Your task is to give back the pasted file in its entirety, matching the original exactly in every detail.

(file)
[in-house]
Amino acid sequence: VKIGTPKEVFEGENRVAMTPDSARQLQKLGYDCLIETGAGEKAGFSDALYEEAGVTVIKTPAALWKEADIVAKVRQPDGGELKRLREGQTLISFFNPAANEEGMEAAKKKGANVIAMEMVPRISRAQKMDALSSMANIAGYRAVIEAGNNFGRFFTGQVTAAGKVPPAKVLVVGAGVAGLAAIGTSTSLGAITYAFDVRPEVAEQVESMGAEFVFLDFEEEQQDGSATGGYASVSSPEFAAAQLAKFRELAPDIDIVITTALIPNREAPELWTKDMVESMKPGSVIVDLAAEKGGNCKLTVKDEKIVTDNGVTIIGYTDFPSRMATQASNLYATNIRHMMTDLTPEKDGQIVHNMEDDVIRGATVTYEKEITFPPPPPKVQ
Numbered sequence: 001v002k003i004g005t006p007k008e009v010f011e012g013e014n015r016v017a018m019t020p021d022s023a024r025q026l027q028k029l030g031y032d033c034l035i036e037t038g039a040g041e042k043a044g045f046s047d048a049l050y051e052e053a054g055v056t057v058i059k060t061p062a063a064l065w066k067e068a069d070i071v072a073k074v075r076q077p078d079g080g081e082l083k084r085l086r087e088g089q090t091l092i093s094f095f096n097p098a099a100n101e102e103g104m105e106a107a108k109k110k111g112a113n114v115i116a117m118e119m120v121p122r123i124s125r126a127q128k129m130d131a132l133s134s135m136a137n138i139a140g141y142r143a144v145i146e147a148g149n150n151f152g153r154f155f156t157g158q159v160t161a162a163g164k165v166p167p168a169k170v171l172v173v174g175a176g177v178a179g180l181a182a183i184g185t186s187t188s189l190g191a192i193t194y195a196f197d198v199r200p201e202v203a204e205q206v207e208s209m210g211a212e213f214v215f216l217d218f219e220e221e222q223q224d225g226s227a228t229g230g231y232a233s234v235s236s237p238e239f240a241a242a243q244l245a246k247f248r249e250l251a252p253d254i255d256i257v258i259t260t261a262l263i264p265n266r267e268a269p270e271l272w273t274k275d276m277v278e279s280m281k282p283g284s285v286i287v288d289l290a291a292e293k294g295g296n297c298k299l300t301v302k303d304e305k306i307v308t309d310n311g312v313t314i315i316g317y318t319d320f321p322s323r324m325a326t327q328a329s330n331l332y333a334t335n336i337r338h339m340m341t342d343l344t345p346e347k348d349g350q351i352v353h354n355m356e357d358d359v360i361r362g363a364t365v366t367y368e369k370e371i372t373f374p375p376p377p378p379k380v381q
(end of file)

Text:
[in-house]
Amino acid sequence: VKIGTPKEVFEGENRVAMTPDSARQLQKLGYDCLIETGAGEKAGFSDALYEEAGVTVIKTPAALWKEADIVAKVRQPDGGELKRLREGQTLISFFNPAANEEGMEAAKKKGANVIAMEMVPRISRAQKMDALSSMANIAGYRAVIEAGNNFGRFFTGQVTAAGKVPPAKVLVVGAGVAGLAAIGTSTSLGAITYAFDVRPEVAEQVESMGAEFVFLDFEEEQQDGSATGGYASVSSPEFAAAQLAKFRELAPDIDIVITTALIPNREAPELWTKDMVESMKPGSVIVDLAAEKGGNCKLTVKDEKIVTDNGVTIIGYTDFPSRMATQASNLYATNIRHMMTDLTPEKDGQIVHNMEDDVIRGATVTYEKEITFPPPPPKVQ
Numbered sequence: 001v002k003i004g005t006p007k008e009v010f011e012g013e014n015r016v017a018m019t020p021d022s023a024r025q026l027q028k029l030g031y032d033c034l035i036e037t038g039a040g041e042k043a044g045f046s047d048a049l050y051e052e053a054g055v056t057v058i059k060t061p062a063a064l065w066k067e068a069d070i071v072a073k074v075r076q077p078d079g080g081e082l083k084r085l086r087e088g089q090t091l092i093s094f095f096n097p098a099a100n101e102e103g104m105e106a107a108k109k110k111g112a113n114v115i116a117m118e119m120v121p122r123i124s125r126a127q128k129m130d131a132l133s134s135m136a137n138i139a140g141y142r143a144v145i146e147a148g149n150n151f152g153r154f155f156t157g158q159v160t161a162a163g164k165v166p167p168a169k170v171l172v173v174g175a176g177v178a179g180l181a182a183i184g185t186s187t188s189l190g191a192i193t194y195a196f197d198v199r200p201e202v203a204e205q206v207e208s209m210g211a212e213f214v215f216l217d218f219e220e221e222q223q224d225g226s227a228t229g230g231y232a233s234v235s236s237p238e239f240a241a242a243q244l245a246k247f248r249e250l251a252p253d254i255d256i257v258i259t260t261a262l263i264p265n266r267e268a269p270e271l272w273t274k275d276m277v278e279s280m281k282p283g284s285v286i287v288d289l290a291a292e293k294g295g296n297c298k299l300t301v302k303d304e305k306i307v308t309d310n311g312v313t314i315i316g317y318t319d320f321p322s323r324m325a326t327q328a329s330n331l332y333a334t335n336i337r338h339m340m341t342d343l344t345p346e347k348d349g350q351i352v353h354n355m356e357d358d359v360i361r362g363a364t365v366t367y368e369k370e371i372t373f374p375p376p377p378p379k380v381q